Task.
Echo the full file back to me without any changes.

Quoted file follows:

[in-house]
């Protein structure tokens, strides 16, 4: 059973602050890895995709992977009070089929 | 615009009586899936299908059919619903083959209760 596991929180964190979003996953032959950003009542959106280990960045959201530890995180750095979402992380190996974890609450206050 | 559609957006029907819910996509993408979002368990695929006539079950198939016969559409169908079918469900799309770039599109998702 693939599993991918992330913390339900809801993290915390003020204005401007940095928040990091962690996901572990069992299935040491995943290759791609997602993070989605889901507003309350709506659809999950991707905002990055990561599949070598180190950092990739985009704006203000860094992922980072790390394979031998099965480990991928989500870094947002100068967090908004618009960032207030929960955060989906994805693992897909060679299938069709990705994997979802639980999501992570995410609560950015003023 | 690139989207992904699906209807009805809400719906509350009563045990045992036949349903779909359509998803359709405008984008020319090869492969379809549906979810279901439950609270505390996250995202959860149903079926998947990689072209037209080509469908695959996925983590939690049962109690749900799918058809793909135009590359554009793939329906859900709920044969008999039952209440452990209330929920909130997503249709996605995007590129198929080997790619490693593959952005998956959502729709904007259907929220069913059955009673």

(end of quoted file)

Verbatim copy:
[in-house]
């Protein structure tokens, strides 16, 4: 059973602050890895995709992977009070089929 | 615009009586899936299908059919619903083959209760 596991929180964190979003996953032959950003009542959106280990960045959201530890995180750095979402992380190996974890609450206050 | 559609957006029907819910996509993408979002368990695929006539079950198939016969559409169908079918469900799309770039599109998702 693939599993991918992330913390339900809801993290915390003020204005401007940095928040990091962690996901572990069992299935040491995943290759791609997602993070989605889901507003309350709506659809999950991707905002990055990561599949070598180190950092990739985009704006203000860094992922980072790390394979031998099965480990991928989500870094947002100068967090908004618009960032207030929960955060989906994805693992897909060679299938069709990705994997979802639980999501992570995410609560950015003023 | 690139989207992904699906209807009805809400719906509350009563045990045992036949349903779909359509998803359709405008984008020319090869492969379809549906979810279901439950609270505390996250995202959860149903079926998947990689072209037209080509469908695959996925983590939690049962109690749900799918058809793909135009590359554009793939329906859900709920044969008999039952209440452990209330929920909130997503249709996605995007590129198929080997790619490693593959952005998956959502729709904007259907929220069913059955009673």